Discussion Board

Below are some questions to help guide your discussion on the oppression of Indigenous peoples. Please answer each of the following.

  1. Identify 3 take-aways (important things to remember) from this week’s recorded lecture and explain how you will apply these reminders in social work practice.
  2. Describe how the story of Christopher Columbus that you learned as a child differs from the depiction offered by indigenous people in the video Columbus and the legacy of genocide.
  3. Describe the similarities and differences in the experiences of the 5 tribes in The Indian Removal Act. What are some enduring, modern-day injustices from the trail of tears?
  4. In the video, Changing the Way We See Native Americans, this speaker details the resilience of indigenous peoples. Why do you think it is important to modernize the perception of indigenous peoples from the stereotype of the “leathered and feathered”?

Note: Respond to at least two other classmates’ questions, then provide a rejoinder to at least one comment on your own original post.  The point of this is to facilitate an actual back-and-forth discussion so you’re interacting with the course materials, with each other, and with me. To give your colleagues enough time to respond, please make your original post by Wednesday, and responses/rejoinders are due Sunday by midnight.

Indigenous Peoples Oppression

First Nations/Native American/American Indian/Alaska Native

Native Americans • 1.2% of US, 8.9% of Oklahoma • History steeped in exploitation

through the westward expansion. • Historical Discriminatory Policy: • Land usage • Child welfare • War policy • Boarding Schools

Native Americans • Forcibly moved to Indian Territory from homelands • Long history of European Cultural Racism and Colonialism.

Native Peoples Inventions/Contributions • Almanacs • American Football • Anesthetics • Apartment blocks • Aqueducts • Aspirin • Beans • Bulletproof vest • Calendars • Canals • Chewing gum • Chocolate • Dams • Dog breeds • Embalming • Freeze drying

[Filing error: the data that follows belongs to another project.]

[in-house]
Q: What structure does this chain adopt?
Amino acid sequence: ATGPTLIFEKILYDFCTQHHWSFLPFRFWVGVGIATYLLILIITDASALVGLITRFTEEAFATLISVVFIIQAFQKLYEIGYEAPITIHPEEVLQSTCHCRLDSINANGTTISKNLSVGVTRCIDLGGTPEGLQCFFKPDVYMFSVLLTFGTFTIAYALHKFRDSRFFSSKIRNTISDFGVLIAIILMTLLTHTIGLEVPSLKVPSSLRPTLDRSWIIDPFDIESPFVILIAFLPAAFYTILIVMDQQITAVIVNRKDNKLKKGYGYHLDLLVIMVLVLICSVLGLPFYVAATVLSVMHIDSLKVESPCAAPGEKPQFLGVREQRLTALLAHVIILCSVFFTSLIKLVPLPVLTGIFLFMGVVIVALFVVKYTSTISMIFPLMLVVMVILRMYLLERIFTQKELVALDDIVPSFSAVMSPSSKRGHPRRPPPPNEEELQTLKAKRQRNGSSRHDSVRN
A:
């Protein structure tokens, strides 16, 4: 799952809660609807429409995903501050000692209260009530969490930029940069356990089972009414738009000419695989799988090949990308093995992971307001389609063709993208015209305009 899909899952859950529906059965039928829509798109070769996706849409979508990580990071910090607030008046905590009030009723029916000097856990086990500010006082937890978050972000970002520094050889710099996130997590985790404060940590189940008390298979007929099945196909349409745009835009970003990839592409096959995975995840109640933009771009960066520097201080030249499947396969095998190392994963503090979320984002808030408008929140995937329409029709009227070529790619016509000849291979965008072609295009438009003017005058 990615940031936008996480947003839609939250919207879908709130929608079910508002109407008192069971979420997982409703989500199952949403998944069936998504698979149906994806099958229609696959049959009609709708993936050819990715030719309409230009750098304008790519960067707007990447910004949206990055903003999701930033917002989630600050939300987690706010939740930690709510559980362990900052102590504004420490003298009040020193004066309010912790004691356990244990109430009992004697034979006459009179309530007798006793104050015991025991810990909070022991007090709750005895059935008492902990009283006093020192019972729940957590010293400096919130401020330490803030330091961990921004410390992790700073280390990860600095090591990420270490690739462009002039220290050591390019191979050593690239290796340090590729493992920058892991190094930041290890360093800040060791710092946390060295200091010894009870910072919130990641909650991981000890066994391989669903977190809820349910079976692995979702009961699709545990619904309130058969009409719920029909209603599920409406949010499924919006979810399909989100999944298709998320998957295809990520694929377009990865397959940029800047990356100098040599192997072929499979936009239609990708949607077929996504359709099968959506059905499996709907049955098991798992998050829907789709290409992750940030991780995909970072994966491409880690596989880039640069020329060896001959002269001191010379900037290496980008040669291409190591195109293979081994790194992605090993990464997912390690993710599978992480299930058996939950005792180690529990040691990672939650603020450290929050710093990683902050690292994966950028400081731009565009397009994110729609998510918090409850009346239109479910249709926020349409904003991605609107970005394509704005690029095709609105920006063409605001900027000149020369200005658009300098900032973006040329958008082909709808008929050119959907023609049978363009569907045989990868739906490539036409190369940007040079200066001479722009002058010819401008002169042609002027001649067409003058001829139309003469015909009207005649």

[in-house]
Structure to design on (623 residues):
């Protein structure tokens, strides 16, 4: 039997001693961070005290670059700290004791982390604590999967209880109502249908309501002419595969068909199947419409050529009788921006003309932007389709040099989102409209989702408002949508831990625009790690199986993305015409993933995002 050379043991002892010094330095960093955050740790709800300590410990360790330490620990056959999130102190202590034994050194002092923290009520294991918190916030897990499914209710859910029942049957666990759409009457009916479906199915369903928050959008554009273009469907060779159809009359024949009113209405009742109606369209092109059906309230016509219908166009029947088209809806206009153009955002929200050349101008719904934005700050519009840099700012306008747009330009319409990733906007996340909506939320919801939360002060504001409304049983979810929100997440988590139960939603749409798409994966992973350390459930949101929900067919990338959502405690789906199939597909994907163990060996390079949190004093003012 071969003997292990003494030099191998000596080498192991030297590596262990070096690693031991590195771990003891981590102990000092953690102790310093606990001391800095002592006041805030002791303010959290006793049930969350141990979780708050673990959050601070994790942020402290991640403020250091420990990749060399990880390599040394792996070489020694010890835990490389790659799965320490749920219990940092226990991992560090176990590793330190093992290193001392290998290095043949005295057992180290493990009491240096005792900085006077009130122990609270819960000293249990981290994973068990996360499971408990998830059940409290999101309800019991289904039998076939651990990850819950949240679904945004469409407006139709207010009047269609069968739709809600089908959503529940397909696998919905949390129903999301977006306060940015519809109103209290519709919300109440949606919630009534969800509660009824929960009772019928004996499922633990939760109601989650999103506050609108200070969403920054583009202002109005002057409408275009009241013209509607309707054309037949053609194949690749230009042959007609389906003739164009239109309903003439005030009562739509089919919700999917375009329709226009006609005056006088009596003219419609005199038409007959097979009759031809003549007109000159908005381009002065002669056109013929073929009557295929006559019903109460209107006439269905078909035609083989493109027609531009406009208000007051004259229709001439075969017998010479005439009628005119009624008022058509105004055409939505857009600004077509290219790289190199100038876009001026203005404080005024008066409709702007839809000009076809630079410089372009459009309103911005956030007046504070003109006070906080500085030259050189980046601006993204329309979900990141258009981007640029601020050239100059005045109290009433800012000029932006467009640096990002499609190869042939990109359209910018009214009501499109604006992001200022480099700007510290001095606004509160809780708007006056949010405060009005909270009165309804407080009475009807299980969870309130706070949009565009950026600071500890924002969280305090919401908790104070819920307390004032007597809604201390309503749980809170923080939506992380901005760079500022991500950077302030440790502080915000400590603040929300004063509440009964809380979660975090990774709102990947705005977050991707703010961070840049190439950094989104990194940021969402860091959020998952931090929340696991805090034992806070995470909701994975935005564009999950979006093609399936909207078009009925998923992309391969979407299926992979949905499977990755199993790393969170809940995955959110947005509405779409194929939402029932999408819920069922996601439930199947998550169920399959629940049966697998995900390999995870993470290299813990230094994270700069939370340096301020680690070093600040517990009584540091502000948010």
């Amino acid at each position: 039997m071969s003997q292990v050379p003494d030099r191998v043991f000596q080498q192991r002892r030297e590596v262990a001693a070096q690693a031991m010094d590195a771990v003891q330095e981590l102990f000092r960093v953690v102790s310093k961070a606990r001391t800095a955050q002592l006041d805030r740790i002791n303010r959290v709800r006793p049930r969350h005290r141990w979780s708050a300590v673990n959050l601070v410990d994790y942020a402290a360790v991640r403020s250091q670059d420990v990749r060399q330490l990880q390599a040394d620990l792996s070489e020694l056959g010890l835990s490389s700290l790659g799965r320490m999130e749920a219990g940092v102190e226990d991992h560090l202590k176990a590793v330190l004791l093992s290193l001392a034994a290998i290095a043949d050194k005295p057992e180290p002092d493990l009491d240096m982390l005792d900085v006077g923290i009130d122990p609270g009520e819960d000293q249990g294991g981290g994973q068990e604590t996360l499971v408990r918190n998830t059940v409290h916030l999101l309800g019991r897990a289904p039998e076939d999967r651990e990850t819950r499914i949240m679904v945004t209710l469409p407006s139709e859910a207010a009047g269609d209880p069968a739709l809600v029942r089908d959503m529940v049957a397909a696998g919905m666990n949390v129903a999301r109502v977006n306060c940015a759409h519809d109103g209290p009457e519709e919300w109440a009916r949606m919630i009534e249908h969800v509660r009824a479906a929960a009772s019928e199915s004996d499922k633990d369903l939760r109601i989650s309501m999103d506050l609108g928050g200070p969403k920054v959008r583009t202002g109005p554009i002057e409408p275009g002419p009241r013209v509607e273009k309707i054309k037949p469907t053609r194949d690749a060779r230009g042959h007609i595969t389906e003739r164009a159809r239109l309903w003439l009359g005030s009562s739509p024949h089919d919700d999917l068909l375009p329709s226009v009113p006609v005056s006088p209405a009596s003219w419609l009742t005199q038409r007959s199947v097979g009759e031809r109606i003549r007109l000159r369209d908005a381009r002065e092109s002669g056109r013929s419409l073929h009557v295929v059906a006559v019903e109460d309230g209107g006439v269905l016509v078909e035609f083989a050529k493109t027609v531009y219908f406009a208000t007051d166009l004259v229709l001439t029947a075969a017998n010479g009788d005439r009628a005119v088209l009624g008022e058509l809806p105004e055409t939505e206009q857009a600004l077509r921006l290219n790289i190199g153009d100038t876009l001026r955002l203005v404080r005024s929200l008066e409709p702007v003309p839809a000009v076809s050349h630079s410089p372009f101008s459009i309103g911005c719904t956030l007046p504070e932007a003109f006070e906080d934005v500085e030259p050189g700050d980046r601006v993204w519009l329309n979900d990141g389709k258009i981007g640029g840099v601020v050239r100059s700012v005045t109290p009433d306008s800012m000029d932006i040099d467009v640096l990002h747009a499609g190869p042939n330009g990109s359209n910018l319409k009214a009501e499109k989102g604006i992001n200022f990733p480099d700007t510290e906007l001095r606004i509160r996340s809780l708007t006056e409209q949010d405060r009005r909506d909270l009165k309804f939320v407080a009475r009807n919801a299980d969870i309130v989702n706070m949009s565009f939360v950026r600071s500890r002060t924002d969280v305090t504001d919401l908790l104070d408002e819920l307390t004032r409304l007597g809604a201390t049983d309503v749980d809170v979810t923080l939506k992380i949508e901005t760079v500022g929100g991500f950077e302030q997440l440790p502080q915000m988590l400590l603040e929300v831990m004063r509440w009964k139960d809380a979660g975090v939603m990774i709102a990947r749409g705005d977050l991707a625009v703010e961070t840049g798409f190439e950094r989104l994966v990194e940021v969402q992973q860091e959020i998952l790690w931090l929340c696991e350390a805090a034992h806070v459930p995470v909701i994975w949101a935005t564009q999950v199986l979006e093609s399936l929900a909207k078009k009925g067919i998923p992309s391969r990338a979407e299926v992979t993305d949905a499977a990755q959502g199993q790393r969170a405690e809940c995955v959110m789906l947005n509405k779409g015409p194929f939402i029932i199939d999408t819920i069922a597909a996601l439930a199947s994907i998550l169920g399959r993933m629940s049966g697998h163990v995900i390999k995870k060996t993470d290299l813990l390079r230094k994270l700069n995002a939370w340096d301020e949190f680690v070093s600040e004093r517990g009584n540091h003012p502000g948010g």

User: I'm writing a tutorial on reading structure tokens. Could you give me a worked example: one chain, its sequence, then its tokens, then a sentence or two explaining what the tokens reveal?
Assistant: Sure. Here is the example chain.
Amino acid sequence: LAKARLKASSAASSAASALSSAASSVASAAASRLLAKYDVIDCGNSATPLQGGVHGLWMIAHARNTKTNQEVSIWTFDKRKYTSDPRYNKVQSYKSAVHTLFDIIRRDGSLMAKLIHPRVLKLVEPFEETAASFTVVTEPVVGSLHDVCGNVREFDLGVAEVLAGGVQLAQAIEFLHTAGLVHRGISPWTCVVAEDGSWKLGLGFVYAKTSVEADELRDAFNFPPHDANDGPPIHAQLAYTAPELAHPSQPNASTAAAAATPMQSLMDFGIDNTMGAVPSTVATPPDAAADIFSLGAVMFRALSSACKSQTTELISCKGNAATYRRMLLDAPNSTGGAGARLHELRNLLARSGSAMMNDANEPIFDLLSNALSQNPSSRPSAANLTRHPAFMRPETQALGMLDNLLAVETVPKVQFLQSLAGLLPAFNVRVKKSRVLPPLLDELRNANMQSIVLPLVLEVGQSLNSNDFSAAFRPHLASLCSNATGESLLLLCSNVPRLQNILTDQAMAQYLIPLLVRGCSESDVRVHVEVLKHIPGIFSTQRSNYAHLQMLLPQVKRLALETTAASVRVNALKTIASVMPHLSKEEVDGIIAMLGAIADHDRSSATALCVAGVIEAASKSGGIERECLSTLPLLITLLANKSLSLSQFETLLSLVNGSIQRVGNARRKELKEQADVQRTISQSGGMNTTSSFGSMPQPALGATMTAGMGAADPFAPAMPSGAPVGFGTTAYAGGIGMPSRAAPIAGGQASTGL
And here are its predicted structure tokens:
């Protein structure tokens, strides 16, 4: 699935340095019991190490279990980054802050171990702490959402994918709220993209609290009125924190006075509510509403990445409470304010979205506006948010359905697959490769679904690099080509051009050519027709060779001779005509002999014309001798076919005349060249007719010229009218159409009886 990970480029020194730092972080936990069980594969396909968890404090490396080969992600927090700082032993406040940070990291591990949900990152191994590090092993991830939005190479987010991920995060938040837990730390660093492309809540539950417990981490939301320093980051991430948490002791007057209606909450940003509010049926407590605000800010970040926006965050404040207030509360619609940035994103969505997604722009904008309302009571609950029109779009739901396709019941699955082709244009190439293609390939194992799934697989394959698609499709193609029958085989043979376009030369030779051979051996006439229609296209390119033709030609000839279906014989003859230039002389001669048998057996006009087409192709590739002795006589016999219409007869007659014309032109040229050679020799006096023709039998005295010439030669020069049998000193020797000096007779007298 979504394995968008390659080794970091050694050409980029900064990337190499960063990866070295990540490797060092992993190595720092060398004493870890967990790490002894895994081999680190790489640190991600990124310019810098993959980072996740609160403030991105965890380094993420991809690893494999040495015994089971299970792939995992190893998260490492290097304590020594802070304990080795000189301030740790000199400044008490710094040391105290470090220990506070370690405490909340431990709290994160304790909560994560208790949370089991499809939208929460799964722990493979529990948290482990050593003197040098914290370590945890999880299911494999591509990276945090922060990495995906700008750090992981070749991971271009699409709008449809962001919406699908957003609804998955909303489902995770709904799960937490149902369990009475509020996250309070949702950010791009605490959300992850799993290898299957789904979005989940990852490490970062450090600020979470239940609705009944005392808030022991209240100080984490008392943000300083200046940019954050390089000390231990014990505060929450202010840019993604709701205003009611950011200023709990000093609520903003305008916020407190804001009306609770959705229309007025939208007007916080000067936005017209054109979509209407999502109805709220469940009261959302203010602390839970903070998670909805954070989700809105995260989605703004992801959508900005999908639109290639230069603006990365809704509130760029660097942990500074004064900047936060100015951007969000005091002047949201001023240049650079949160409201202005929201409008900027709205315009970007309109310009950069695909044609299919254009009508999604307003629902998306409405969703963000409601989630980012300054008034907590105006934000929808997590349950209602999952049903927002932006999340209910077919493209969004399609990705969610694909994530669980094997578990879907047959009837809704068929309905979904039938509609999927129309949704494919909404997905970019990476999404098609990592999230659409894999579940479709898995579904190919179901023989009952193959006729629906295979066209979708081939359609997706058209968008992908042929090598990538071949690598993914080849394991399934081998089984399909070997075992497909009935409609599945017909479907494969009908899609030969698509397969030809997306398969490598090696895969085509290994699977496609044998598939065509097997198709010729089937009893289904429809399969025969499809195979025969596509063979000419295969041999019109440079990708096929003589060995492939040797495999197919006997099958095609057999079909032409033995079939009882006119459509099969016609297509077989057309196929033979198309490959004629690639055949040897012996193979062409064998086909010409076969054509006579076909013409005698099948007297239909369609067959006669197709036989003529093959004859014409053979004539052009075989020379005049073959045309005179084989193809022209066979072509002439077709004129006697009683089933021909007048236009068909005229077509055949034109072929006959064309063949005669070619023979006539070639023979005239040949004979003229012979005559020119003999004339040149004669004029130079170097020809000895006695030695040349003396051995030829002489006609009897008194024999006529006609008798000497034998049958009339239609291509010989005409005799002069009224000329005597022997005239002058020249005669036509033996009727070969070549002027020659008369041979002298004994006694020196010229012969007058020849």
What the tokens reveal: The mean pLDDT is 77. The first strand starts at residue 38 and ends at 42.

• Hamocks • Harpoons • Hickey • Horse breeds • Igloos • Inca road systems • Jerky • Lacrosse • Longitude and Latitude • Maple syrup • Mathematics with a Zero • Metallurgy • Painting • Parkas • Peanuts

• Petroleum • Pineapple • Potato chips • Pottery • Pyramids • Rubber • Snow shoes • Sundials • Suspension bridge • Syringe • Tobacco • Tug of War • Unbrellas • Vanilla • Water Gun • Whoopee cushion • Writing system

Native Americans • 567 federally acknowledged tribes (2017)

• Over 200 languages • Over 50% live in urban, suburban, or rural non-reservation areas

Crazy Horse Memorial 16 miles from Mt. Rushmore

Native Americans

• History from Columbus forward: • Removal from their land • False or broken treaties • Location and relocation to

reservations • Forced boarding schools • Outlawing of native language • Banning spiritual traditions • Banding former enemies into same

tribal space

Native American history • The Allotment Act of 1887 • Cultural assimilation and genocide • Congress legislatively terminated 109 Indian

tribes • Ethnocide through creation of boarding

schools • Children forcibly sent • Cut hair • Forbidden to wear cultural clothes • Forbidden from speaking native language • Forbidden from forming minority cultural identity

• Attempt to “civilize” Native Americans produced considerable generational trauma

Social and Health Problems • Poverty and acculturation have negatively impacted health practices

• Disproportionate number of social and health problems • Overrepresented in the child welfare system • Higher rates of certain health problems • Among the poorest people • Drug and alcohol use • High suicide rates • Chronic Unemployment • Child/elder abuse and neglect • Victims of violent crime (more than twice the national average)

• 31% of Native Americans die before 35th birthday • Poverty and acculturation have negatively impacted health practices

Mental Health and Substance

Use

Pain Fear

Anxiety Depression Frustration

Low Self-Esteem Economic uncertainty

Discrimination

Racism

Oppression Social Injustice

Ethnocentrism

Economic Instability

Diversity in Traditions • Remember that there are many difference among

indigenous groups. • Culture is bound by geography, nationality, history, food, etc. • Differences in cultural practices and meanings are to be

expected • Differences in food:

• Indians of the Northwest lived on Salmon, whaling, shellfish and gathering fruits and vegetables

• Indians of the California foothills survived on acorns and small game

• Indians of the Southwest grew corn • Plains Indians hunted buffalo

• Differences in Housing: Wigwams, Longhouses, Tepees, Lodges, Igloos, Daub houses, Chickees, Adobe Houses, Plank houses

• Family centered collectivist attitude is often a reflection of religious orientation

• Generally spirituality emphasizes deep attachment to the land: derive meanings from the rivers, mountains, and valleys

• Emphasize biological, spiritual and physical connections

Native American Family Beliefs and Rituals • Native Americans are not homogenous

• Great diversity between groups

• Kinship ties are a central cultural aspect • Primacy of the extended family • Grandparents remain important influence

• Responsible for youth acquiring traditions and beliefs

• Society discounts Native American religious traditions’ role in health problems and healing practices • Healing connected with religion and

culture.

traditions

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